Parlor Showcase

Patric Petrie and the Secret to her Success

Patric Petrie. All photos by John Hancock.

Patric Petrie. All photos by John Hancock.


Skelpin at the House of Blues

Skelpin at the House of Blues


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If you were to drive in the western coast of Ireland in the County of Mayo, from the 59 highway you could head west on 319. On 319 you’d go north through the heather and heath, with lakes and rolling hills in the distance. Passing the whitewashed walls of E.T. Sweeney’s roadside garage, you’d pass over the bridge that brings you to The Points, your entryway to the Isle of Achill. You’re traveling west now. A landscape of green upon green lets you know that it’s no lie when they call Ireland the Emerald Isle.

At Bunacurry, you make a right, heading north toward Doorgort. Neat compact houses with large yards rest along the roadway. The asphalt narrows as you pass through a lowland area, with the Doorgort East Bog, a natural heritage area, to your left. That fresh, yet earthy smell lets you know that the bog is close by. As you pass by the bog you’ll make a right onto a narrow paved road not more than the width of a single car. Up ahead, on this flat expanse of Ireland’s northwest, there are a few houses, 16 in all, which make up the town of Dooniver. This is town is where Patric Petrie was born and spent her early childhood.

From this small outpost on the farthest outskirts of Ireland’s northwest, Patric Petrie has gone on to make a big musical mark in her adopted hometown here in San Diego. Distinguished among fiddlers for her beautiful tone, Petrie is also noted for her dynamic stage presence. As a founding member of Skelpin, the award-winning Celtic-World Beat ensemble, she has performed in San Francisco, Seattle, and other major U.S. cities. The band has traveled twice to perform in Tokyo. Perennially nominated in the San Diego Music Awards, Skelpin won the 2010 award for Best World Music Album for their CD A Trip to Skye.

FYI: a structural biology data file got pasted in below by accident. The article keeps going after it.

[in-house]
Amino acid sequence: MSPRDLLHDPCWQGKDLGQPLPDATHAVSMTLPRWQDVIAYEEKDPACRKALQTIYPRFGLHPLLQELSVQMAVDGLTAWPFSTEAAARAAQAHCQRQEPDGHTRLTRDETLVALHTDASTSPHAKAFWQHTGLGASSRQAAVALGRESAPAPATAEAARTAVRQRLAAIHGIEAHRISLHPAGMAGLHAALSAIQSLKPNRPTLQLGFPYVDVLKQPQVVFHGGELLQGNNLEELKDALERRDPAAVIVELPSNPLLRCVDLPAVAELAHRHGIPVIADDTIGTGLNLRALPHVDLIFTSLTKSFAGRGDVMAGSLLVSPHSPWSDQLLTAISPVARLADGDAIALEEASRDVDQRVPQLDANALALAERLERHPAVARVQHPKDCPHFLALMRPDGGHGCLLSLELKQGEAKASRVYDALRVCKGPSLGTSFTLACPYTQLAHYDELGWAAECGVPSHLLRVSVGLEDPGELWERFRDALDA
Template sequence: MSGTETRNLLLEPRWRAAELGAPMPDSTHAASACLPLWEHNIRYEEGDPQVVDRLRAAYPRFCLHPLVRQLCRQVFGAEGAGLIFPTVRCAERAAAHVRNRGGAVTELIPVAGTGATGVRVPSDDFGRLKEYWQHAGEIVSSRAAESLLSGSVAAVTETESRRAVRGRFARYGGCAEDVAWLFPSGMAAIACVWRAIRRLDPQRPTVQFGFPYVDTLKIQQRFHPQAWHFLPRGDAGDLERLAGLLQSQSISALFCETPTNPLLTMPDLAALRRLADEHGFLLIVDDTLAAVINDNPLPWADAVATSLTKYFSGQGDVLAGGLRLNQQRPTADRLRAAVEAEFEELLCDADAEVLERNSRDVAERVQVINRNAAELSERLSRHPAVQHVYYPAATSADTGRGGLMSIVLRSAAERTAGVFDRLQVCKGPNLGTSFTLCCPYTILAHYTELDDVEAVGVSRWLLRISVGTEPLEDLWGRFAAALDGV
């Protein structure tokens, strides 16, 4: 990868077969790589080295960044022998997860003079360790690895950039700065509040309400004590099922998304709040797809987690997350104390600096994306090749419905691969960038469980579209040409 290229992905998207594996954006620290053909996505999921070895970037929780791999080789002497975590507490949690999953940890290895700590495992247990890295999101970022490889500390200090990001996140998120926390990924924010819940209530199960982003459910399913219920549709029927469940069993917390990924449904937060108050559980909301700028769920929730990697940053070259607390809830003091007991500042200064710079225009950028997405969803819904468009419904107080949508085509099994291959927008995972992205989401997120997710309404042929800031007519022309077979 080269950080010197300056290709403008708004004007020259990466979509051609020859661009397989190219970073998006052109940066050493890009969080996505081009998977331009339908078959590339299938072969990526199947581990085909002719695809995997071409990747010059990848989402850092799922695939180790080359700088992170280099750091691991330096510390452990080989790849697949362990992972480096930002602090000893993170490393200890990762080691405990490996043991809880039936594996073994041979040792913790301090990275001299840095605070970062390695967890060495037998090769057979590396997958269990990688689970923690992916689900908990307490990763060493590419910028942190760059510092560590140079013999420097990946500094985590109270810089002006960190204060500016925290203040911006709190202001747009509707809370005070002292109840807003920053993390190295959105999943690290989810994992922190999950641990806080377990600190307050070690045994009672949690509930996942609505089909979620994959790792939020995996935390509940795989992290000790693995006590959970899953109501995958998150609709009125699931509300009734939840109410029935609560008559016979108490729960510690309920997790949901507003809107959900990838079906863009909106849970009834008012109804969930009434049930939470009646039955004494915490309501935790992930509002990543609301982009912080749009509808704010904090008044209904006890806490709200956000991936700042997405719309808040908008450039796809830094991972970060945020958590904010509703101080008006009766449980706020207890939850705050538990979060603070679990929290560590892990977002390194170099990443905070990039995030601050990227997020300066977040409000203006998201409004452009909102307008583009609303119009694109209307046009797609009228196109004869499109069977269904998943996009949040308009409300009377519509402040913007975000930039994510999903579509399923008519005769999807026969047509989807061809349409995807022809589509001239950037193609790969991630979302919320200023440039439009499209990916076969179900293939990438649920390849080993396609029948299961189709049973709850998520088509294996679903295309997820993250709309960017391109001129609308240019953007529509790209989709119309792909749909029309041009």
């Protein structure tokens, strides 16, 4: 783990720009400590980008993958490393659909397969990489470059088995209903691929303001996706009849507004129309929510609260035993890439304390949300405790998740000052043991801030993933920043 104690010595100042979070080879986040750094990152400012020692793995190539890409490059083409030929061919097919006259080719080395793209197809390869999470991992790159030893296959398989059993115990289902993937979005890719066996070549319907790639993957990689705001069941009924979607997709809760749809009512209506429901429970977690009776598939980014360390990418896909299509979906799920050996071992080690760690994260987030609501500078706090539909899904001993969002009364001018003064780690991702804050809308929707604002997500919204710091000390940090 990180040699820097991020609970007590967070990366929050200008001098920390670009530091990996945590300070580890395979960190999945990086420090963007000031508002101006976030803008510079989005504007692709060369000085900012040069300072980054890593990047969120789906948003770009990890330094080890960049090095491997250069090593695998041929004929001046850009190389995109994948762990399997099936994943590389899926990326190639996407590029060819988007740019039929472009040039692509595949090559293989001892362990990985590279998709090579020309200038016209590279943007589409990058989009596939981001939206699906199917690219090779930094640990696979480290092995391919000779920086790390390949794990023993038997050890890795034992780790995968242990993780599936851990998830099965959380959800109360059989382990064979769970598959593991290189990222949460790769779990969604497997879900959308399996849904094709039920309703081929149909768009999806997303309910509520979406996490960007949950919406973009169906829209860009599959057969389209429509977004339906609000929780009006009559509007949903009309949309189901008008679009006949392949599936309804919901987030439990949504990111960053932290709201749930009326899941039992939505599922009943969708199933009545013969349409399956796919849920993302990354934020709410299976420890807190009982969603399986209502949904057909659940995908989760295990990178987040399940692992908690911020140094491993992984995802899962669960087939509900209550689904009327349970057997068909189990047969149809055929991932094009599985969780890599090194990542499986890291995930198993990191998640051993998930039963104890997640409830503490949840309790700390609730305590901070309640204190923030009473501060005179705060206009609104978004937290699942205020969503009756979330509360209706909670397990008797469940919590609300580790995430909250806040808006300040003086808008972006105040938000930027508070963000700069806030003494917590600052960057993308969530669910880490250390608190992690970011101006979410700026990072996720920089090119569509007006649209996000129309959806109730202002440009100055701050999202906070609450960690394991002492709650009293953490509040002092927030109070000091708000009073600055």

Though she has been in the spotlight and played to thousands, Petrie remains humble when she talks about her music. “A lot of people get into music because they want to be stars,” she says. “But I play music to just play music with people. It’s about the joy. Everybody can make music. You don’t have to be a virtuoso to play. I’ll play with anybody.” The mother of two teenage boys loves the interaction that can be achieved among musicians when they play and says that her biggest skill is her ability to listen. “I love to play with musicians and hear where they are going. Then I play along. And it’s as though the music just comes out of my hands without any thought involved.” Much of this ability comes, as Petrie claims, from the longstanding relationship with her violin, which goes back decades. She knows all the ins and outs of her fiddle. For example, she prefers to play in the lower register, as that is where her instrument sounds its best.